Here’s a reason for Army to get back to basics: It isn’t good at remembering them
By Capt. Michael Carvelli, U.S. Army Best Defense guest columnist It is true that the U.S. Army does not follow its own doctrine, and it continues to do so even at the misfortune of soldiers. The stark lack of critical tasks degrades even the best of units as they plow through their deployments. It is ...
By Capt. Michael Carvelli, U.S. Army
Best Defense guest columnist
It is true that the U.S. Army does not follow its own doctrine, and it continues to do so even at the misfortune of soldiers. The stark lack of critical tasks degrades even the best of units as they plow through their deployments. It is not complacency, as most senior officers and NCOs consistently suggest to their commanders and first sergeants. It is laziness and the belief that “we are good.” Wake up: You are not as good as you think!
This is my third deployment to Afghanistan, this time as a company commander. The lessons about being prepared have been taught to me in school and during my time as a platoon leader. They are hard remembered lessons, several times taught through my own failures or from an almost disastrous experience. However, I am determined to continually remember these experiences and ensure those under my command make every attempt to know them as well.
At this current point in time, the Army has digressed into creating a CONOP — a unique misinterpretation of the Concept of the Operation paragraph contained within the Operation Order (OPORD). At all levels, from division down to platoon, leaders believe that a Microsoft PowerPoint slideshow containing multiple images, sketches, and a verbose explanation sufficiently replaces an OPORD. In fact, it replaces the entire planning process itself at the cost of detailed planning, war gaming, and rehearsing.
I make this request: Please go back to the basics. Set an operational endstate with respect to enemy, friendly, terrain, and civilian considerations; conduct pre-combat checks and pre-combat inspections; and conduct rehearsals.
Ask these questions: Why are we here? Do we have what is needed to conduct the mission? Have we thought through the important aspects of the mission to ensure we are achieving the endstate and have the correct tools and equipment to reach it?
We, as a collective organization, have broken all tenets that are taught in our leadership schools, professional military education courses, and written in our own doctrine. First, span of control is three to five. My current battalion operates with nine companies. That is only to conduct route clearance. We are not even a real maneuver unit. Secondly, the creation of the Company Intel Support Team has replaced the entire function of the battalion intelligence section (S2). We create our own named areas of interest, layer on the various types of intelligence (human, signal, imagery, electronic, etc.) and attempt to target the enemy without a defined situational template (SITEMP). Lastly, brigade commanders have withheld the approval authority for platoon missions. There is even general officer approval for company and battalion missions. So much for ingenuity, delegation of authority, and confidence in lower level commanders.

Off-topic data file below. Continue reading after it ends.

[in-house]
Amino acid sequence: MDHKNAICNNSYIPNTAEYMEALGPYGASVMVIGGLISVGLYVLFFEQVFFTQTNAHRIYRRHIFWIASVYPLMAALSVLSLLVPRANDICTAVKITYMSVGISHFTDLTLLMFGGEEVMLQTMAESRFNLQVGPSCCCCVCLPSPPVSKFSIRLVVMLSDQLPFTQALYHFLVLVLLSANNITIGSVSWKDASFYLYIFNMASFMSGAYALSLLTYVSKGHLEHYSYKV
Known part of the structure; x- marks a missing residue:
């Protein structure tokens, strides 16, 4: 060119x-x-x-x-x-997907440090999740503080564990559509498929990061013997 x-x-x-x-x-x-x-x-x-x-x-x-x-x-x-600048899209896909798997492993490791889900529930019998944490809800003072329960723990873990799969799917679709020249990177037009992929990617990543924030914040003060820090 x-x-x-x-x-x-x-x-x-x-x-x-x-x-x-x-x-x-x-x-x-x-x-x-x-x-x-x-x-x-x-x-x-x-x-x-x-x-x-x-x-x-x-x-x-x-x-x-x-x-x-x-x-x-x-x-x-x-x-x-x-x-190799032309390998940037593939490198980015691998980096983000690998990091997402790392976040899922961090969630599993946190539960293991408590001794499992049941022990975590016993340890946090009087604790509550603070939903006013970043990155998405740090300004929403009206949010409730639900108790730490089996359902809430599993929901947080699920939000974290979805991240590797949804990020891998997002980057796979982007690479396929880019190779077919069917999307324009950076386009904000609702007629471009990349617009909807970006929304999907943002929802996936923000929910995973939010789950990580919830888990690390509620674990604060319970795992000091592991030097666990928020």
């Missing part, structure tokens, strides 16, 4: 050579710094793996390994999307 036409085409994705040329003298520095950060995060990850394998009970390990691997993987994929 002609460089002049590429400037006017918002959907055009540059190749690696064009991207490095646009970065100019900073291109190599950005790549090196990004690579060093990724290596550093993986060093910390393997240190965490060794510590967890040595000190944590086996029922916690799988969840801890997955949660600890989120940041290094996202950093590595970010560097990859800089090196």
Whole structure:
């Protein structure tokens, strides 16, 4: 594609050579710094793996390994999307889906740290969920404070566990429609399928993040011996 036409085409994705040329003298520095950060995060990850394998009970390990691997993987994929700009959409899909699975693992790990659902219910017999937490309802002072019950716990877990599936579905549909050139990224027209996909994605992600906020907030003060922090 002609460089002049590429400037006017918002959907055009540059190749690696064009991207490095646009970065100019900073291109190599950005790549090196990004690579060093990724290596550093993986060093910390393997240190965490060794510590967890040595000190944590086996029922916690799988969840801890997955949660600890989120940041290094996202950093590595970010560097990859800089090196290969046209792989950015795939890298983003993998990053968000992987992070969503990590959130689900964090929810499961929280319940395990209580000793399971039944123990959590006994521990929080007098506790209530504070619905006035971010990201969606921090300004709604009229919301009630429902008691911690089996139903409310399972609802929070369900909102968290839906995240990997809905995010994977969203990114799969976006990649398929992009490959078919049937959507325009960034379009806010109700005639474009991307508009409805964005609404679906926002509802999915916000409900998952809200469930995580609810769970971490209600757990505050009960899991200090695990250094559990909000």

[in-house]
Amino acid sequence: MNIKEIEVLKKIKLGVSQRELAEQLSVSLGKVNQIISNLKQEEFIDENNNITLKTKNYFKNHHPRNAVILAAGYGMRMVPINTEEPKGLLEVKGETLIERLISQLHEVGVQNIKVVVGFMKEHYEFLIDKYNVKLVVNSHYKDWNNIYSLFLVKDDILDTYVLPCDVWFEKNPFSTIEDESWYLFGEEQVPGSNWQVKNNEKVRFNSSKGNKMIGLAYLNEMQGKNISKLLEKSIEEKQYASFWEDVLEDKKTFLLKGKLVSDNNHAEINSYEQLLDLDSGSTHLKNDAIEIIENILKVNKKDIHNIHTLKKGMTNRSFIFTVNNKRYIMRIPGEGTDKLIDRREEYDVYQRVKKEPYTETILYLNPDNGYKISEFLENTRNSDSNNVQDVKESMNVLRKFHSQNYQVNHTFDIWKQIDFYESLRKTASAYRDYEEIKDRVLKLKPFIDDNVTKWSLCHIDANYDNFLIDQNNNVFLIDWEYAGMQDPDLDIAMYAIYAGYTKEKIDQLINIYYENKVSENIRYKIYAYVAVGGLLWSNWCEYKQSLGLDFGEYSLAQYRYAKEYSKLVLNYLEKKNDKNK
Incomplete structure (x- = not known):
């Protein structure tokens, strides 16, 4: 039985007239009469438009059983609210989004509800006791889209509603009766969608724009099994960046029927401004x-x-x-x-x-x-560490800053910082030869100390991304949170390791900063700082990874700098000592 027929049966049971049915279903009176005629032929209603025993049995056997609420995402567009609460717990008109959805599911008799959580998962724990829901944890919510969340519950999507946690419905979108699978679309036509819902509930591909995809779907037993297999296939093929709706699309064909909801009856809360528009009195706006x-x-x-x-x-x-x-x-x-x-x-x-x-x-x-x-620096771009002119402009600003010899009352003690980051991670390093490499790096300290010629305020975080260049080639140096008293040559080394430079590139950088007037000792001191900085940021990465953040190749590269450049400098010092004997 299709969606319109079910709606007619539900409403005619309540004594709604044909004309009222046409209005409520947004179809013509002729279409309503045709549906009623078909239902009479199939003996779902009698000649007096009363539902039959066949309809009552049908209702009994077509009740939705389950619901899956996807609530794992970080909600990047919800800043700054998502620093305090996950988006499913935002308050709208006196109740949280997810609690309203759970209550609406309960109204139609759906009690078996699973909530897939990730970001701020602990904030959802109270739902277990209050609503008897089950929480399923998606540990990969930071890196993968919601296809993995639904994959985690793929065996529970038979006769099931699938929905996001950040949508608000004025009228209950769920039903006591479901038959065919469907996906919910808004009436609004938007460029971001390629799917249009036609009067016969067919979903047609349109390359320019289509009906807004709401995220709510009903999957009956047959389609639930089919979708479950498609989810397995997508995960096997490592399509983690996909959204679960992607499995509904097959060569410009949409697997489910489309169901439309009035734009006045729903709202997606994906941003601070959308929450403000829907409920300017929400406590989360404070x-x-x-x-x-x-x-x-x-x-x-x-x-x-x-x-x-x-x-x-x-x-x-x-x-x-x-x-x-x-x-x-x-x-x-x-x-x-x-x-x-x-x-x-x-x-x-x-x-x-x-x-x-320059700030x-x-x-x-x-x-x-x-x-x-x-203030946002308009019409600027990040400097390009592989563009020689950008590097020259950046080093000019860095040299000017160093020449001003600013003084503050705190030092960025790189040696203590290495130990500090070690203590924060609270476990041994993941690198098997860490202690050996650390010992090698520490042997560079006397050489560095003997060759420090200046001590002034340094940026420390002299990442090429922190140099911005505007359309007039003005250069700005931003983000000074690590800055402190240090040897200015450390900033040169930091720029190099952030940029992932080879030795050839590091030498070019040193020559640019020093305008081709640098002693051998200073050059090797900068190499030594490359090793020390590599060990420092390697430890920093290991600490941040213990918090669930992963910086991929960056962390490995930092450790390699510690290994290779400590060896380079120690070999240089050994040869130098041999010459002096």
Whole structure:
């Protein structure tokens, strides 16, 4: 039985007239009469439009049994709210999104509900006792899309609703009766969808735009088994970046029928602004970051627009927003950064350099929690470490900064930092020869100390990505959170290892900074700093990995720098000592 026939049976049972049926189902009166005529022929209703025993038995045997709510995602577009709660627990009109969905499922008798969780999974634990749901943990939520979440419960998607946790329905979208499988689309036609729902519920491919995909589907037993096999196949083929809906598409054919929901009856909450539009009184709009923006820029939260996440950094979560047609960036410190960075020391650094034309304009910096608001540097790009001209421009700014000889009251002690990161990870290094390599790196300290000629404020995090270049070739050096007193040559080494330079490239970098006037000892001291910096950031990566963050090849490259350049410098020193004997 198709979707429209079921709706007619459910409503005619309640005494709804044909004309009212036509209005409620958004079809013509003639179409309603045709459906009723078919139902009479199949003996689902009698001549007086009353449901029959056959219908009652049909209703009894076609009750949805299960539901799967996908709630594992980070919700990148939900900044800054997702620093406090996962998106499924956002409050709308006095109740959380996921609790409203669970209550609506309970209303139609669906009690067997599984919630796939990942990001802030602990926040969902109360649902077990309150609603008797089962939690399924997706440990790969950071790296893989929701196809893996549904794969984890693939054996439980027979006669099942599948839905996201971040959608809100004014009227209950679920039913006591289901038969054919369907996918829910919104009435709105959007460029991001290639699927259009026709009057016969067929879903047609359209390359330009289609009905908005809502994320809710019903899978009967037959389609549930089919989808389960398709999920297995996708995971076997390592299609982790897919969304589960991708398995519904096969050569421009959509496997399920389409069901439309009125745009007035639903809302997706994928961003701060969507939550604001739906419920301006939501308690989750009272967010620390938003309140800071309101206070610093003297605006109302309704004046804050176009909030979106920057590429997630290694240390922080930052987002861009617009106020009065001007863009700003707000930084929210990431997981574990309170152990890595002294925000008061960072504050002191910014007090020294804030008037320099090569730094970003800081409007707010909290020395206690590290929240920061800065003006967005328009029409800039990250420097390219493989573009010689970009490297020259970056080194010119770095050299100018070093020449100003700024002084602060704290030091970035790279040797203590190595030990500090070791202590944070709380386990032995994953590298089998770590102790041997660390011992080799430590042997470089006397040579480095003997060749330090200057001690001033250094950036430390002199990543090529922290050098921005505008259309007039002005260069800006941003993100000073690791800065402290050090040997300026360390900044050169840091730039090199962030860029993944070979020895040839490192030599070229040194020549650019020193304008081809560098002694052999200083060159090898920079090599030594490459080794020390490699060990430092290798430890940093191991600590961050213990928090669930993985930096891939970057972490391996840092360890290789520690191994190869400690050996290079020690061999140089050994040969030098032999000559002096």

The lack of pre-combat checks (PCCs), pre-combat inspections (PCIs), and rehearsals in forward deployed units is astounding. PCCs and PCIs are the first step in assuring that your subordinates are prepared for their mission. Are their sensitive items tied down? Extra batteries present? Optics and night vision operational? Weapons clean? Schools preach these, but I watch the leaders around me fail to apply these lessons.
Rehearsals are sessions in which a unit practices expected actions to confirm the plan, reveal unidentified coordination measures, synchronize the overall plan at key points in time and space, and update all aspects of the plan. Most units show up 20 minutes before their departure time, make sure everyone is present, tell them what they are doing today, and leave the base.
My first sergeant and I have “thumped” each of our platoons for their lack of attention to detail concerning PCCs and PCIs. They have all had to construct a Platoon Standard Operation Procedure (SOP) for vehicle load plans and rehearse the reloading of ammunition to the gunner, conduct rollover and fire drills, and practice every SOP they have developed. Almost every time, each platoon has changed or enhanced their SOPs solely through their rehearsals on the base. We are actually achieving progress! Although it is quite painful and creates more gray hairs than I wish to admit.
I express this frustration in the hope that someone reads it and realizes that they, too, are not as good as they think. Above all else, this sobering idea has captured the essence of my company’s issues and has put us on a path to success.
CPT Michael Carvelli is an engineer officer currently deployed in Afghanistan. He has deployed in conventional and special operations units. This article represents his own personal views and not those of the Engineer Regiment, the U.S. Army, the Department of Defense, or the U.S. government.